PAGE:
The historic Rogler ranch near Matfield Green, Pioneer Bluffs is becoming home to Flint Hills ranching heritage.
“It will be the only nonprofit in the Midwest dedicated exclusively to ranching heritage,” according to Chase County resident Denise Fetrow, Pioneer Bluffs board president.
“We think it is important to honor the legacy of the ranching families who settled the Flint Hills,” she said.
“Where would be a better location than the 150-year ranching legacy left by the Rogler family in the heart of the Flint Hills?” she wondered.
“Our mission to preserve that ranching heritage will be announced at the Pioneer Bluffs Fall Roundup on Saturday, Oct. 6.” Fetrow said.
It’s that time of year when fall season cattle are shipped and calves are weaned as the traditional fall roundups occur. “Therefore, this year we’re having a Fall Roundup at Pioneer Bluffs, too, and everybody is invited to the celebration,” Fetrow said
“Join us at 2 o’ clock throughout the afternoon into early evening,” welcomed Lynn Smith, Pioneer Bluffs executive director. “There will be longhorn cattle, horses, cowboy stories from real cowboys, food, music, and activities for the entire family.”
A panel of ranchers will discuss the cycle of ranching and its importance in the Flint Hills. Author, historian, cowboy, and Pioneer Bluffs founding board member Jim Hoy will lead the opening discussion at 2 o’clock in the 1915 barn.
“More than a million head of stocker cattle come into the Flint Hills each year to put on weight,” Hoy said. “Those visitors join more than 150,000 cows that are permanent residents of the native prairie.”
“The Davis Ranch, the Z Bar Story” is a study of historic photographs, giving insight to one of the most famed ranches in Kansas history. Author and historian Greg Hoots, who curates this exhibit in the 1908 home at Pioneer Bluffs, will speak about the Z Bar at 3:30.
Josh and Gwen Hoy of the Flying W Ranch at Cedar Point will share cowboy stories throughout the afternoon from a 1880s chuck wagon. “Their cattle and horses will be on display nearby,” Smith added.
Russell Martin will demonstrate blacksmithing and his art creations also will be on exhibit. “Russell is the featured Prairie Pastimes artist in the historic home at Pioneer Bluffs,” Smith noted.
Angela Muller’s exhibit inspired by the grasslands, “Art of the Prairie,” will also be in the 1908 home.
“Music has always been important on a ranch, and the tradition continues at Pioneer Bluffs,” the enthusiastic director proclaimed.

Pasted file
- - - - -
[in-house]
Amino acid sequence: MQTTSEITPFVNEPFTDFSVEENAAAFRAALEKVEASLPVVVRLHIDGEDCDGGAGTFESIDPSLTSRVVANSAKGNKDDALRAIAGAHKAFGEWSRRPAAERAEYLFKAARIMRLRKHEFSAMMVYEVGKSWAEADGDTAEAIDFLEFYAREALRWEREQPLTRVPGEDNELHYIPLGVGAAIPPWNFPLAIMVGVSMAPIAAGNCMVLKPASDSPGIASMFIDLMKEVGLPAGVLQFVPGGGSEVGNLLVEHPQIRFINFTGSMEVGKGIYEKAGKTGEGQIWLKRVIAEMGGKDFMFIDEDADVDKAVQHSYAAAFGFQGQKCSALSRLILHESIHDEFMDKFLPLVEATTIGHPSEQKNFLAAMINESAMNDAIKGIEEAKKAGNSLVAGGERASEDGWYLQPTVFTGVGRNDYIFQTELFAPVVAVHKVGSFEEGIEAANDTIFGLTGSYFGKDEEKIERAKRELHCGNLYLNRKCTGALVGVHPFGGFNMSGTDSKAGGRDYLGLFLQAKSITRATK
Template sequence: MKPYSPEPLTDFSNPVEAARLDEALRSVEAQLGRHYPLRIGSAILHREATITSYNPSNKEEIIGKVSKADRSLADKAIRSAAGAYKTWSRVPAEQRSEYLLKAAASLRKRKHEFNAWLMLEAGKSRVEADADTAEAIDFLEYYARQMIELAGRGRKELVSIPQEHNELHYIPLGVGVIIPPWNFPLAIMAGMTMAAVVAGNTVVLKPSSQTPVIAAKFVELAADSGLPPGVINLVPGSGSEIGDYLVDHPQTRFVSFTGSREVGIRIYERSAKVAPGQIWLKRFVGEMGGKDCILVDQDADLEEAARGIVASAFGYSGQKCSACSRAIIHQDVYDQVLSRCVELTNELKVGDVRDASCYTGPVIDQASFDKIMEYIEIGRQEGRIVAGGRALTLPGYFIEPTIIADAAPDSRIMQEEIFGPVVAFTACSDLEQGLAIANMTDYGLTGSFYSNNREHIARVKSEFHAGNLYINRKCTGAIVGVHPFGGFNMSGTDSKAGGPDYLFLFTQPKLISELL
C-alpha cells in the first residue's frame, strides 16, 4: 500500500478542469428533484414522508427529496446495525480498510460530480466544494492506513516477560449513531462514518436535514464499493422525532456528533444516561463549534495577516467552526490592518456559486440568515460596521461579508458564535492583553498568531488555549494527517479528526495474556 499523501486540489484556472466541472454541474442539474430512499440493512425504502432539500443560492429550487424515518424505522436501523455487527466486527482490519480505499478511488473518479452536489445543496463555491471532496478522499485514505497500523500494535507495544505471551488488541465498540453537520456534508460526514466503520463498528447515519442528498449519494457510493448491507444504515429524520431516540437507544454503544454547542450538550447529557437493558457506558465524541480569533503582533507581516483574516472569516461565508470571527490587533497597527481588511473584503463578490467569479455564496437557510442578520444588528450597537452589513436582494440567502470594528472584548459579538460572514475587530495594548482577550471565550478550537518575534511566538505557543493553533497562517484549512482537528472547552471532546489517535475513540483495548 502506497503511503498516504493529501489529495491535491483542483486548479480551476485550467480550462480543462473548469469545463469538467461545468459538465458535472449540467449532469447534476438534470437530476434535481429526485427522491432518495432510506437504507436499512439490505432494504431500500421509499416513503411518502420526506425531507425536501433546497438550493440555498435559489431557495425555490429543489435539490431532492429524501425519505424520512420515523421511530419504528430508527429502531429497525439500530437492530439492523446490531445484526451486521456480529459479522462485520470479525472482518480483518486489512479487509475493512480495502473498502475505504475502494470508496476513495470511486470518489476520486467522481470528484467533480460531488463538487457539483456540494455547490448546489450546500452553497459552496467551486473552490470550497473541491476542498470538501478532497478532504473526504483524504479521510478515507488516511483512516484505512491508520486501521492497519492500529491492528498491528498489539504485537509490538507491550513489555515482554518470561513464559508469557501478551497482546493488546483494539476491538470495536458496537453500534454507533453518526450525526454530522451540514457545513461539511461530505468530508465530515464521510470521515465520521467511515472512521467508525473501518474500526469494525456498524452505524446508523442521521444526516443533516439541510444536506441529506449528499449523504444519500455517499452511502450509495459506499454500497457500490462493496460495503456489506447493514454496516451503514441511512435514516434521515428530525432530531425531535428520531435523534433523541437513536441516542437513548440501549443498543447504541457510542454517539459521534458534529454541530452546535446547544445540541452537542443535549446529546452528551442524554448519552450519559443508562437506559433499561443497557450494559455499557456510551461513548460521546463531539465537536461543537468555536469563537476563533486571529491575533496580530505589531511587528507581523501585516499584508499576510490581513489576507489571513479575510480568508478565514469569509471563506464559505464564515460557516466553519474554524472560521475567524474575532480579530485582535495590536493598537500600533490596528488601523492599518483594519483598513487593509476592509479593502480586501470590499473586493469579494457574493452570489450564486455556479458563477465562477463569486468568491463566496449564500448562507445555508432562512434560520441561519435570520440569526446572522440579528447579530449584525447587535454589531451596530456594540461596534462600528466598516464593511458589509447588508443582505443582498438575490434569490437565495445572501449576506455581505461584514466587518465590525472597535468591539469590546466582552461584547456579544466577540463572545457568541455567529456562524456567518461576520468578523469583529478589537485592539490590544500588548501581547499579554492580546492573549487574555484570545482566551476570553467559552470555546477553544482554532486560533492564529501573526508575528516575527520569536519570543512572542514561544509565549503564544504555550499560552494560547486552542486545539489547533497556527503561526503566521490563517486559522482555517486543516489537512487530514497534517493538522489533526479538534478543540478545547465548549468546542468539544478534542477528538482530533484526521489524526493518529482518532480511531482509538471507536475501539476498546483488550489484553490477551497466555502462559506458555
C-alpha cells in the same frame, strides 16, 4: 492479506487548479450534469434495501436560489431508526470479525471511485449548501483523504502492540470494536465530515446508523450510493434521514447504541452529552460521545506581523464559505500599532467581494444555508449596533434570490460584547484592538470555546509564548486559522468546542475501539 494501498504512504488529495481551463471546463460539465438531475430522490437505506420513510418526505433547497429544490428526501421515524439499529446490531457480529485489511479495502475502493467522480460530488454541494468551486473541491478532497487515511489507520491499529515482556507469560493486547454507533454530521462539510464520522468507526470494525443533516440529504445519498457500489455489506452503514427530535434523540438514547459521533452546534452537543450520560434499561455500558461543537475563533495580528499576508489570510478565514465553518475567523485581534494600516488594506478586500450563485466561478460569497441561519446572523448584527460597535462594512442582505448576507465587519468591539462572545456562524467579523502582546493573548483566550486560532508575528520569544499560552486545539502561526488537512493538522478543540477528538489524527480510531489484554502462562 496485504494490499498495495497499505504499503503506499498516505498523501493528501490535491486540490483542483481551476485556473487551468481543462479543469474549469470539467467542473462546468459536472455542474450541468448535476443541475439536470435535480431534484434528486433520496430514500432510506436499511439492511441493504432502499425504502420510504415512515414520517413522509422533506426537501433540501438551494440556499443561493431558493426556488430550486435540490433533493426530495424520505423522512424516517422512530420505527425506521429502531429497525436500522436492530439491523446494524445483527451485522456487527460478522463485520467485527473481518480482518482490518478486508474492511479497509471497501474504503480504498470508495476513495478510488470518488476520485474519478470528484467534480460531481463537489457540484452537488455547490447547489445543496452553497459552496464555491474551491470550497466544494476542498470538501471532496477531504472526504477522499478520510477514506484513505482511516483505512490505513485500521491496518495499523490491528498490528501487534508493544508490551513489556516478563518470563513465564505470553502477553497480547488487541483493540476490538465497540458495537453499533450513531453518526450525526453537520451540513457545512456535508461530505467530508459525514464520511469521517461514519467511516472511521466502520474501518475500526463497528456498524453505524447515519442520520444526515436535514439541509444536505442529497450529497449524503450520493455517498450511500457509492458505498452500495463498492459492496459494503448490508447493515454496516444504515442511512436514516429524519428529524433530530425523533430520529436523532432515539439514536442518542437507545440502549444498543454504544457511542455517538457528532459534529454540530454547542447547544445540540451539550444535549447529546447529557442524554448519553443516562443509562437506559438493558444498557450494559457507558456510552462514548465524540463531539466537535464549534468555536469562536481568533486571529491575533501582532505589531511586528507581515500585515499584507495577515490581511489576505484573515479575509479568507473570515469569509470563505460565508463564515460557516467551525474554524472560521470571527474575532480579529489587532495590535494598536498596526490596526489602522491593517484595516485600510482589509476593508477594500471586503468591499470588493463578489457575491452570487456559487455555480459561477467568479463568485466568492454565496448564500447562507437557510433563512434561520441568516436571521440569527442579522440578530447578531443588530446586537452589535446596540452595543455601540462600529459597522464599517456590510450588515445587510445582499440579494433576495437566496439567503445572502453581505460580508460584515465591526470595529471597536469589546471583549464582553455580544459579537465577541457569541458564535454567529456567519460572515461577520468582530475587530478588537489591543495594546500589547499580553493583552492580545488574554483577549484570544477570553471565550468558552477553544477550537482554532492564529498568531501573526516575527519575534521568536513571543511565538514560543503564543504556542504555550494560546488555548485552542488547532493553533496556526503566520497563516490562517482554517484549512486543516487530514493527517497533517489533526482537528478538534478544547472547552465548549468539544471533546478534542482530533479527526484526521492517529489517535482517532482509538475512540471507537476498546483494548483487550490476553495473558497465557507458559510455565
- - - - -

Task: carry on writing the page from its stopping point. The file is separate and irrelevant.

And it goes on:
The Tom Page Trio performs at 3 o’clock, Flint Hills Balladeer Annie Wilson and Jim Versch at 4:30, and cowboy singer Jeff Davidson at 6 o’clock.
There will be new ranching exhibits and educational booths to view. Additional family activities featured throughout the day are to include craft demonstrations, horseshoes, disc golf, and junior wrangler games.
At 5:30, will be the dedication of Pioneer Bluffs as a center of Flint Hills ranching heritage, Fetrow said.
The Rogler ranch sold at auction in 2006 and became a nonprofit education center. “For the first decade, goals centered on building improvements, including renovation of the 1916 granary and restoration of the 1915 barn to serve as a unique event center for community events,” Smith said.
“As the nonprofit focuses on ranching heritage, a grant from the Trusler Foundation of Emporia has funded educational exhibits,” she said. Two will be dedicated during the day, and visitors will have an opportunity to browse ranching stories and photos.
“In the coming year, additional exhibits will be installed, including the story of a granary, and the year-round cycle of ranching will be added,” Smith informed.
“Changes to our programs will be subtle,” Smith continued. “Our signature events, Prairie Talks, music performances, food experiences, and youth field trips, will continue because they share the human story of ranching.
“Pioneer Bluffs will collaborate with other organizations to provide hands-on ranching experiences,” Smith pointed out.
“Ranching in the Flint Hills has changed since the early settlers arrived in the 1850s. It is important to document those developments and note their influence on today’s ranching practices,” Hoy said.
“We aim to highlight these differences and changes that make the Flint Hills unique through exhibits, programs, events, and symposiums,” Hoy continued. “We invite ranchers, locals, schools, and visitors seeking a Flint Hills experience to come along with us as we journey through time, and join us as we explore contemporary ranching issues.”
Pioneer Bluffs, on the National Register of Historic Places, is located one-mile north of Matfield Green or 14 miles south of Cottonwood Falls on Flint Hills National Scenic Byway K-177.
“There is no charge for this community event, but food will be available for purchase,” Smith said.